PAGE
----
Applications and Planning

Who Has To Submit Building Plans?

The short answer is everyone. It is a legal requirement that any new building and any alteration that adds on to or changes the structure of an existing building must go to the City’s (Planning) Development Management Department for approval. Approval must be given by the City Council before work can commence on site. If you paint, redecorate or re-plaster, you don’t need permission because you haven’t moved any walls or altered the drainage system. However, if you make a change to the structure, such as adding a carport or even moving the front door position, you require permission to do so. When you submit a building plan for approval it is essential that you make sure that you have complied with the zoning regulations of the Town Planning Scheme.

Why Is Building Plan Approval Important?

1. Stop Orders from the JHB City Council:

If you’ve chosen to build without having the plans approved, a building inspector is entitled to enter your property and order construction to stop immediately.

He could obtain a court order for the structure to be demolished, at your expense, and you would be liable for legal costs. In serious cases, you could be fined or sent to prison.

2. Hand-over of Approved Plans on sale of the House:

Transgressions may come back to haunt you in later years when you want to sell yuor home, and the purchasers insist on getting the approved plans.  This is fast becoming the norm in real estate transactions

3. Insurance Implications:

Illegal building work may negatively affect any future insurance claims where insurers may not pay out claims if a structure is found to be illegally erected.

4. Community Harmony:

It is important for the sake of community harmony, to ensure that no structures are erected that negatively affect the neighbours or surroundings. One of the main reasons our suburbs are sought after and valuable is the character of the area. It is in the interest of all the residents to safeguard this precious resource.

Heritage Applications

Heritage Applications are required for any structure older than 60 years (whether homes, offices, apartment blocks or public buildings) as these are automatically a protected heritage resource which may not be altered without prior permission of the Provincial Heritage Resource Agency Gauteng (PHRAG). This permission should be granted PRIOR to submitting plans to the City of Johannesburg for approval, and applies to both internal and external alterations.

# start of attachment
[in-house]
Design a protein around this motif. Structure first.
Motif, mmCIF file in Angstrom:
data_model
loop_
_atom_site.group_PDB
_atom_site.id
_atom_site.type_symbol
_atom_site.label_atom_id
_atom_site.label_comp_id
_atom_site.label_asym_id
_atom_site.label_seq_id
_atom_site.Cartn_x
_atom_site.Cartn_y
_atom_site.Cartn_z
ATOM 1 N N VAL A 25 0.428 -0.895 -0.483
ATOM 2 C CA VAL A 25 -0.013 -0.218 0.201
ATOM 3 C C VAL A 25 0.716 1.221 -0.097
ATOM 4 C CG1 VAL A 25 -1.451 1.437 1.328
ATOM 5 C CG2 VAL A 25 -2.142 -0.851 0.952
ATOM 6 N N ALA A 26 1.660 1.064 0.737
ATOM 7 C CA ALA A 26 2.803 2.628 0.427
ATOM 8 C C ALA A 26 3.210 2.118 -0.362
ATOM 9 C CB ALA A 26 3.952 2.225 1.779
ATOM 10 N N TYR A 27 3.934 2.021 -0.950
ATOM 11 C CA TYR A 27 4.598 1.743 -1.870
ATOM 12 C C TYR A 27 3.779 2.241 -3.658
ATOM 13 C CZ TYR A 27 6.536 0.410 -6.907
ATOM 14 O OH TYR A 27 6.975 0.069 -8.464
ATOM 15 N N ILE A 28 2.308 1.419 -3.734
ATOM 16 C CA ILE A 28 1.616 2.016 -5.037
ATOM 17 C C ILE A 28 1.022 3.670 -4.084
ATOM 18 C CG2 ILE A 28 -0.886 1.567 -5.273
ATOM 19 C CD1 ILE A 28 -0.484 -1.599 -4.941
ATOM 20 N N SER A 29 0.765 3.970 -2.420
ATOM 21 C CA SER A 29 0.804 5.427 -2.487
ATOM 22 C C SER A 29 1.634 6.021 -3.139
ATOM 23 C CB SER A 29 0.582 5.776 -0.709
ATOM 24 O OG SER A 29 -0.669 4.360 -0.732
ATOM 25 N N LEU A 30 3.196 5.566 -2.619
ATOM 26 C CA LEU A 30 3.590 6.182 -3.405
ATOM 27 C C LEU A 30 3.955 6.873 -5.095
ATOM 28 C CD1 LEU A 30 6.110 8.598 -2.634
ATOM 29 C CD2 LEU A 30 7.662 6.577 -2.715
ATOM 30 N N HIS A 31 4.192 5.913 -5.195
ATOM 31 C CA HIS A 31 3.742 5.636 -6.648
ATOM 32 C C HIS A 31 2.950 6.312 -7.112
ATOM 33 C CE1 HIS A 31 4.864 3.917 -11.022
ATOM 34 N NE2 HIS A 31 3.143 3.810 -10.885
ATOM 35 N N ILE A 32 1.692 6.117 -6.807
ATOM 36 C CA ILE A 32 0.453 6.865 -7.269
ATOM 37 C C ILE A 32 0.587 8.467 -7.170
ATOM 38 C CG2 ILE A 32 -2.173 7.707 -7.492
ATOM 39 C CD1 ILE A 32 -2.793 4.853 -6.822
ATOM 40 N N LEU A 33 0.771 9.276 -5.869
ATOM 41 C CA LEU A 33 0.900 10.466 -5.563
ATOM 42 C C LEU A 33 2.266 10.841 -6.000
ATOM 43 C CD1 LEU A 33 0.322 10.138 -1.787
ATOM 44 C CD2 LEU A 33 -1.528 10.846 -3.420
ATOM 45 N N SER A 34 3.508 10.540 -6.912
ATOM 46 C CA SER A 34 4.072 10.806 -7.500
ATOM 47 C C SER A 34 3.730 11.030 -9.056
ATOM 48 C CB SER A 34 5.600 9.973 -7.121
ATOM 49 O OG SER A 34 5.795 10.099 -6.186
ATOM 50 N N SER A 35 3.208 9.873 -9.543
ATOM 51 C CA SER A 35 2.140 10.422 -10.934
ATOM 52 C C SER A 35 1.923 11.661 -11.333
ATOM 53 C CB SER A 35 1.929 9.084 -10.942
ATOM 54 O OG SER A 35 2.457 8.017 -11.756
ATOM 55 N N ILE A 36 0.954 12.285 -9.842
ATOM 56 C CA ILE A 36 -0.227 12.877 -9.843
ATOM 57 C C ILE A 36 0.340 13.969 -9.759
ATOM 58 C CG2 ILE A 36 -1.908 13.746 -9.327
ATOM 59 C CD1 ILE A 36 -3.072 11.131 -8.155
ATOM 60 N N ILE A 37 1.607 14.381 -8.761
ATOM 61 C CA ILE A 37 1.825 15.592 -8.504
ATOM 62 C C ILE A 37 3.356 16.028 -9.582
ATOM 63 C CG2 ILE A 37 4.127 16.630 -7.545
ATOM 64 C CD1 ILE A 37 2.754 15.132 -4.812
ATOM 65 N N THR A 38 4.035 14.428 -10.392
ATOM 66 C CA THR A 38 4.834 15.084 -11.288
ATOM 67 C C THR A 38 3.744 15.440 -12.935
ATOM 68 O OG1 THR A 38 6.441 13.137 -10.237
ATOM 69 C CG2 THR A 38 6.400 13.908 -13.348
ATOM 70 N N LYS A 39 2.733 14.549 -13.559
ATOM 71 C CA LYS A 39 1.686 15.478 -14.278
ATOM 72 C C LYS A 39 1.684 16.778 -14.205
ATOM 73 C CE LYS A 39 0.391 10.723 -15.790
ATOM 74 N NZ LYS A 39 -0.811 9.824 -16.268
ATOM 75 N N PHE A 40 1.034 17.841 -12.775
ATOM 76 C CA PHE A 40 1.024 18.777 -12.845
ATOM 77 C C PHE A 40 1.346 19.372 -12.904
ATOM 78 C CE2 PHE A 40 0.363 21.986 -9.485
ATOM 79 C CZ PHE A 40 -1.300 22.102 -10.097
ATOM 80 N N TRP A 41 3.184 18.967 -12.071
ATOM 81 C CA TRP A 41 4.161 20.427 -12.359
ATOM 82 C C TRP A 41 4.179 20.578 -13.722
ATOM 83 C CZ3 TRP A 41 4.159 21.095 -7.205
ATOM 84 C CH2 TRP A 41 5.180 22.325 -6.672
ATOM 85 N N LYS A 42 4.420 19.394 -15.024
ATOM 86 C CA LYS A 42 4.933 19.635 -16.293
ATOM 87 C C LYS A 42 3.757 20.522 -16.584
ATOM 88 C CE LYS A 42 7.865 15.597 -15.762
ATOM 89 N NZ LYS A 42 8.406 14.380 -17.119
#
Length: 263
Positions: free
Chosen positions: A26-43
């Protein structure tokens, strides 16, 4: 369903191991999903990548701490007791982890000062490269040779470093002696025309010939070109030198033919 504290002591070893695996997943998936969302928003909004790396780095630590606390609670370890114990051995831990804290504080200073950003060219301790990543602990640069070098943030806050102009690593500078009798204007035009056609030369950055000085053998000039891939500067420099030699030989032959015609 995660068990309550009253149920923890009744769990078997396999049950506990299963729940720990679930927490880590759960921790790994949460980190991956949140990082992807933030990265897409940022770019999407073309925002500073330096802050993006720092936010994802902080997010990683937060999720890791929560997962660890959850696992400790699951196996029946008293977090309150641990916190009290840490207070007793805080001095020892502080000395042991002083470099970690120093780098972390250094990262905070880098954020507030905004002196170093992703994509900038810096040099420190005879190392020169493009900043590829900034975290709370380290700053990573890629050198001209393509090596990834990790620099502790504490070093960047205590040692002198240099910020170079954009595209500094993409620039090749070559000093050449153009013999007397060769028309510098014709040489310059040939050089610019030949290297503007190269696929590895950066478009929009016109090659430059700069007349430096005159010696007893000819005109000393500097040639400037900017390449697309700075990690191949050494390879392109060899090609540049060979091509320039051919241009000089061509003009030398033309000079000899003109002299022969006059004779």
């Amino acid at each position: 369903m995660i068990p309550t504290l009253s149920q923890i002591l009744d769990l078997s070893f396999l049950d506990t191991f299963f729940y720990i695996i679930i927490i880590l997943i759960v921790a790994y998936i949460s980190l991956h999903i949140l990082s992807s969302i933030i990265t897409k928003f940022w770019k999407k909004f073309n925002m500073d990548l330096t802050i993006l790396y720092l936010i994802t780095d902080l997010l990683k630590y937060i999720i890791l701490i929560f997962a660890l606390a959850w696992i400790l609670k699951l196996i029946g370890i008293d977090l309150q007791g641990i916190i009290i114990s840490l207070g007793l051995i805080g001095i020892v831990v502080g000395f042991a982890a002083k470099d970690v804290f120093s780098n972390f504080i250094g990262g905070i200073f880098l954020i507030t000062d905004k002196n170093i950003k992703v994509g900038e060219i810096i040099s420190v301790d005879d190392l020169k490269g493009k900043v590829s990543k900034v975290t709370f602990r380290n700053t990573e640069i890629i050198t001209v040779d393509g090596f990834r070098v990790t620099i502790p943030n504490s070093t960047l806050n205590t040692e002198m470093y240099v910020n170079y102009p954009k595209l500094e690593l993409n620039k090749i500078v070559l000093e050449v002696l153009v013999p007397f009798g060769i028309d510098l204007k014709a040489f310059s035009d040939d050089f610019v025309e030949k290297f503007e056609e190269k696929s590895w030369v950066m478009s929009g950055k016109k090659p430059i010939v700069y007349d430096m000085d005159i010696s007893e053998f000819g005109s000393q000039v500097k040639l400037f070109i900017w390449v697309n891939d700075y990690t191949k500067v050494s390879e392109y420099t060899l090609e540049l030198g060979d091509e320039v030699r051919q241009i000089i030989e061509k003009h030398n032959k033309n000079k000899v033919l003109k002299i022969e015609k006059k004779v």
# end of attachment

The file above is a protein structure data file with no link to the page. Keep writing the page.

Most Johannesburg townships/suburbs date back to before 1960, and therefore all submissions will require proof of when your house was built. Should you not be able to find such proof, or should the house be older than 60 years, you will need to prepare a submission to PHRAG motivating the changes you wish to make. 

It is a requirement of the Act that the local residents’ associations or heritage bodies give comment on this submission. This may sound like a daunting and bureaucratic process but the intention is a good one that strives to protect special buildings and the character of the neighbourhood. To assist and ease this process, Johannesburg Heritage Foundation runs three Joint Plans Committees (JPCs), and has a team of town planners, architects and heritage specialists to call on when making the assessment.

The Central JPC covers the city centre, Parktown, Westcliff, Forest Town, Dunkeld, Parkview and all other areas not covered by JPC East or West.

The JPC East covers Kensington to Doornfontein, Modderfontein to Melrose, and includes Upper and Lower Houghton, Norwood, Orchards, Oaklands, The Gardens, Sydenham and Sandringham – broadly, the north-eastern suburbs. 

The JPC West covers Fietas to Melville, Brixton to Northcliff, and broadly covers the suburbs west and north-west of the city. 

The JPC’s constructive input can be useful in highlighting any heritage-related issues that need to be considered prior to construction, and their approval can go a long way towards getting the go-ahead from the relevant authorities. The JPC’s can also intervene if they identify an unauthorised development, potentially causing delays in construction or even injunctions. So, it’s a good idea to approach the JPC’s sooner rather than later for their feedback.

If you have any queries or questions, please email Please include a brief description of your property, the proposed renovation/development and its physical address so we can send it to the relevant JPC.

Important Documents

PHRAG Checklist
Heritage application checklist
PHRAG Check List.pdf
Adobe Acrobat Document 31.0 KB 
PHRAG Application
Application to be completed for changes to structures older than 60 years
PHRAG Application Form.docx
Microsoft Word Document 37.0 KB
A Quick Guide to the National Heritage Resources Act for Home Owners
Application to be completed for changes to structures older than 60 years. Compiled by Mayat Hart Architects & Heritage Consultants.